The environment in which we live in has, as a matter of fact, slowly depleted. The population of the human race has only increased over the centuries, and is the main cause of this occurrence. Margaret Thatcher, delivered a speech on November 9, 1989 in which she persuaded the United Nations to protect the earth at all costs from human activities, or else vital ecosystems and the overall health of the planet would have an inescapable outcome. An important point she argued was that the emission of carbon dioxide being exposed into the atmosphere was having negative effects on the environment. Today, the usage of electricity, fuels, and transportation increases this exposure into the air. In fact, air pollution is sometimes indirectly situated when consumers buy products that require transportation and energy. As a result, most of this air pollution is caused by the burning of these fossil fuels required for oil, gas, coal and other materials in order to produce electricity and power for cars. Surprisingly, just one average family causes 65 tons of carbon dioxide to be transferred into the air. Consequently, cold regions are experiencing warm weather, melting ice caps and causing disruptions in the surrounding seas. But as the article, The urban transformation of the developing world stated, the world’s populations’ growth should be 1.74 from 2000 to 2024 with 86% of these numbers to occur in cities and towns. From 1950-1974, these numbers were still fairly low. Urbanization has to be accounted for into the degradation of the environment because it is precisely these urban cities that create a greater demand for natural resources. With that being said, this poses the question: What impacts does urbanization have on a secluded species in the deep waters of Alaska, specifically, Gorgonian corals, and is this species even affected at all by the forces of humanity?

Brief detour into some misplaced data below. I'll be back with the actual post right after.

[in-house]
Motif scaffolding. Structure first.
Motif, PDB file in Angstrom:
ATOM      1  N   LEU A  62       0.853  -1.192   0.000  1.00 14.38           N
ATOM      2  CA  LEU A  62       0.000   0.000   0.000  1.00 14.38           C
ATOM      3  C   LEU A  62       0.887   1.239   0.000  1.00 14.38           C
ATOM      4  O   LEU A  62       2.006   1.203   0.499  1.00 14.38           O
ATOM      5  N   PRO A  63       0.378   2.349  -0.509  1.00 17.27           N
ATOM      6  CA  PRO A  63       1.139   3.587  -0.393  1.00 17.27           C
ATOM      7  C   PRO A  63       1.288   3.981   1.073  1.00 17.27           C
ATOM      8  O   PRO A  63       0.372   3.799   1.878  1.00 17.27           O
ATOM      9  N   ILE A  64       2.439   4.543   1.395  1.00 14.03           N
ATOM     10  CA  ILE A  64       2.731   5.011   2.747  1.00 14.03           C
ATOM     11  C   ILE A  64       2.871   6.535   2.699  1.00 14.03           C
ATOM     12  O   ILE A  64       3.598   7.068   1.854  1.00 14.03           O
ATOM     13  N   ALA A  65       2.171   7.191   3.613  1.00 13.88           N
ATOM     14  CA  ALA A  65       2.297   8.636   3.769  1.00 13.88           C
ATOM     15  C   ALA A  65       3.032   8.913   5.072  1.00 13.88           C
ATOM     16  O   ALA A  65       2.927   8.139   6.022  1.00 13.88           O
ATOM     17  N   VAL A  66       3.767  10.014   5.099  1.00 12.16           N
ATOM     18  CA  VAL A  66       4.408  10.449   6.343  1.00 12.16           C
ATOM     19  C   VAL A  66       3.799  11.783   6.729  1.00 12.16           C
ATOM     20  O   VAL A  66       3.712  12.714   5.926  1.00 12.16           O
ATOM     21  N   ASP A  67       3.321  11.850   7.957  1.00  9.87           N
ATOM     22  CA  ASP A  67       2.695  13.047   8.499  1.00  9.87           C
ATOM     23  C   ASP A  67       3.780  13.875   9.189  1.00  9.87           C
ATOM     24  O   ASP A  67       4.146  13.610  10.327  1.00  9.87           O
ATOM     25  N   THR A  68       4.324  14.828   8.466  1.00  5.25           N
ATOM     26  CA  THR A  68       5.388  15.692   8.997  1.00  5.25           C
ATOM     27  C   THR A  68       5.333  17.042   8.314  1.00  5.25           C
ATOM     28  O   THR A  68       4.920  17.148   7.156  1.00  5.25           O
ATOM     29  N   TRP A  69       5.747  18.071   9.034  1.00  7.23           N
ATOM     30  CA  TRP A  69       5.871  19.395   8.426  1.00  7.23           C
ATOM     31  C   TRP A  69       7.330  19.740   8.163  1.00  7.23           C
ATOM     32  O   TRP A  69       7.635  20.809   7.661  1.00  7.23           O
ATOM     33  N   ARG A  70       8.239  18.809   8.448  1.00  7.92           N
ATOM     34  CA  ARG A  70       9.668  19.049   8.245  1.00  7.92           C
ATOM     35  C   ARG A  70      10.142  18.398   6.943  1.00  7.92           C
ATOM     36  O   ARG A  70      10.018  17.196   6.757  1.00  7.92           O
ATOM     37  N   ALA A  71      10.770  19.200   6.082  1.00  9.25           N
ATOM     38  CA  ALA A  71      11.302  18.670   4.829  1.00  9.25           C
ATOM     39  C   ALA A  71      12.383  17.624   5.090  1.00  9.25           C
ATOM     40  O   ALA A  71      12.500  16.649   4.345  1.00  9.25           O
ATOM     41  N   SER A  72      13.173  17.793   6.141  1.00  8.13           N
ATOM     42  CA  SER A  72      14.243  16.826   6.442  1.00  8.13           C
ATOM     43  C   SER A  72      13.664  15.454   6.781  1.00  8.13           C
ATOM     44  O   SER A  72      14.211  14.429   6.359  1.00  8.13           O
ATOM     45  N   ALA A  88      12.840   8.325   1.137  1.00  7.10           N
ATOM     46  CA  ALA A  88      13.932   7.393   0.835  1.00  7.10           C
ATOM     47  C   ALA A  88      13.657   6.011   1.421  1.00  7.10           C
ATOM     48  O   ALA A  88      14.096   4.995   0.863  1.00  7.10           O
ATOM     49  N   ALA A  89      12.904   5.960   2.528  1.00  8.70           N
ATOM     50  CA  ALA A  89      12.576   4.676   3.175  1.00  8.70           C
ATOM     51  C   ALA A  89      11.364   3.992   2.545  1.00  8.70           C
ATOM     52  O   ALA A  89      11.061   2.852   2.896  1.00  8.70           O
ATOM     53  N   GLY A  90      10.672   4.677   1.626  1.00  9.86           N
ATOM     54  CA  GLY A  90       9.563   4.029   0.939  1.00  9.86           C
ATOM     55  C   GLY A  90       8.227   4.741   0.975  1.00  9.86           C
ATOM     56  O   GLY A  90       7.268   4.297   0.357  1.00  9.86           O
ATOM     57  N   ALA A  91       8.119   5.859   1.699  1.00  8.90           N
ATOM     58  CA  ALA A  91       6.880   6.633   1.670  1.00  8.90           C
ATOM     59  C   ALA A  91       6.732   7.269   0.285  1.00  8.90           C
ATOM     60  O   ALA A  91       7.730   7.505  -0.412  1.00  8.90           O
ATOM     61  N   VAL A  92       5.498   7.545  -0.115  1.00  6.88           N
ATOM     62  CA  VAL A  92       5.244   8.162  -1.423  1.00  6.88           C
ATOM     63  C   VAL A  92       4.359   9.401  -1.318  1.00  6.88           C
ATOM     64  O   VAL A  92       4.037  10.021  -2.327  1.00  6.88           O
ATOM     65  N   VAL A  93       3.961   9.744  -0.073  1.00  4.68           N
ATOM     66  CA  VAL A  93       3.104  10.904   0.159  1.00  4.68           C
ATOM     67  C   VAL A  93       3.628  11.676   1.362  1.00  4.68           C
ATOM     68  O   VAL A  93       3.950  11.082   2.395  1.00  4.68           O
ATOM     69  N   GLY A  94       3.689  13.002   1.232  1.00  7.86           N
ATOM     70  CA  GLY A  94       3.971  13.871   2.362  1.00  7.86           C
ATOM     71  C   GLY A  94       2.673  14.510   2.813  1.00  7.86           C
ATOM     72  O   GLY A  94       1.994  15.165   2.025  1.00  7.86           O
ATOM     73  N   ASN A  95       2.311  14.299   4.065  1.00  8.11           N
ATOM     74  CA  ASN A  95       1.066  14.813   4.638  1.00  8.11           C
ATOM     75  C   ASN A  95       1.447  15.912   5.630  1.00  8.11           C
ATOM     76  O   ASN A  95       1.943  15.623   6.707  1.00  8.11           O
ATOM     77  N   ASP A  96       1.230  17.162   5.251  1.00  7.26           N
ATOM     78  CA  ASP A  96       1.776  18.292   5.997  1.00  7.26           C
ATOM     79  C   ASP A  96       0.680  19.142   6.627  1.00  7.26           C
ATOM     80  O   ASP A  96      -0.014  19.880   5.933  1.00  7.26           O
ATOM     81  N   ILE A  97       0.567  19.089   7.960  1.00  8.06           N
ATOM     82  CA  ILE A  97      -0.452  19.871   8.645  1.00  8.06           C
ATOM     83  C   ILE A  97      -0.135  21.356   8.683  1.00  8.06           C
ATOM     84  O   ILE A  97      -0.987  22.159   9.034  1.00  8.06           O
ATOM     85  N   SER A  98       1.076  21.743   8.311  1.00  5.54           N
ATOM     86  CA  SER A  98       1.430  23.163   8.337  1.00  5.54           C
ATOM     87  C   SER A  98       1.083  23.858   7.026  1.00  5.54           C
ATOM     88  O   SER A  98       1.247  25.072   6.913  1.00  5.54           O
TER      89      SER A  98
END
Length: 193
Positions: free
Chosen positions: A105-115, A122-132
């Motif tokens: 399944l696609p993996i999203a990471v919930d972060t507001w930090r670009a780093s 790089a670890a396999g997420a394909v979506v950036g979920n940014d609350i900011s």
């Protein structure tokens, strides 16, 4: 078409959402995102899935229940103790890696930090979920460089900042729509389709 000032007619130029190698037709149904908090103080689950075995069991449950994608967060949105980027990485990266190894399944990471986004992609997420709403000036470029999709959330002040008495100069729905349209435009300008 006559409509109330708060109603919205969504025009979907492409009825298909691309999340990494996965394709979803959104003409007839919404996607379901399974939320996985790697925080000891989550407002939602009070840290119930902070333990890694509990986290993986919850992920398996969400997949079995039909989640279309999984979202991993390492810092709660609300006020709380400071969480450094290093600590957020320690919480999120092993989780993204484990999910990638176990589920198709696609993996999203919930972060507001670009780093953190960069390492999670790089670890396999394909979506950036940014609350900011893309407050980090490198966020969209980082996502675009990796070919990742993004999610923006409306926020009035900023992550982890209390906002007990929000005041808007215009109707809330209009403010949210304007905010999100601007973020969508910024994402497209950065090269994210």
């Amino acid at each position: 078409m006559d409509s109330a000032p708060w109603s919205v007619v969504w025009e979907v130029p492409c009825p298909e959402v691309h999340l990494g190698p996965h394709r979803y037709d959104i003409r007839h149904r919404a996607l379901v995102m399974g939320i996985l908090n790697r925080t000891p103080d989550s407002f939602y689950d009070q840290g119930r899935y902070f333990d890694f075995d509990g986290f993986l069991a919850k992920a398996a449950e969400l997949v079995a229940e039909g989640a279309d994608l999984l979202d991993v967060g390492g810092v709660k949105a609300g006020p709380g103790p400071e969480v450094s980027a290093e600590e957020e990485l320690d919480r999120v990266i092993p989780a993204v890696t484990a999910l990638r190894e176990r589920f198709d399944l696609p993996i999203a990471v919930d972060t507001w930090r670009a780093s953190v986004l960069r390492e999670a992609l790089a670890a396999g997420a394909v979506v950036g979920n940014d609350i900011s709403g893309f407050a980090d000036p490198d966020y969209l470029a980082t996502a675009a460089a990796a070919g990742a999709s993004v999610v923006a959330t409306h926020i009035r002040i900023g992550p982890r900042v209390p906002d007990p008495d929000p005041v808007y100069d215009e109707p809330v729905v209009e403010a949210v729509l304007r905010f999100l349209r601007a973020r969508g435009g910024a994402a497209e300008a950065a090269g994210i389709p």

The Cycle of Urbanization: Global Perspective
To begin, there needs to be a concrete understanding as to why urbanization occurs in order to clarify how carbon dioxide ends up floating in the air. As mentioned before, with more towns and cities, there are bigger demands for supplies including: energy, oil, coal, and gas that require assistance from earth’s essentials. Immigration is a huge factor contributing to urbanization that increases the overall fertility of many cities all around the world. Accordingly, urbanized cities provide a vast majority of opportunities including education, healthcare, and entertainment services that influence people to migrate. Although the lower class might have a lower chance to obtain education, their options are still vastly more available than those in the rural community. Moreover, urban populations have many more cars than rural populations per capita. In 2050, there would be 5.3 billion cars in the world, all requiring vast amounts of energy. Undoubtedly, the necessity for all of these raw materials to carry on with people’s daily lives, converts into environmental defects, specifically in the ocean. To that end, these changes go as far as to reaching the deep waters of Alaska.
Ocean Acidification: Biological Perspective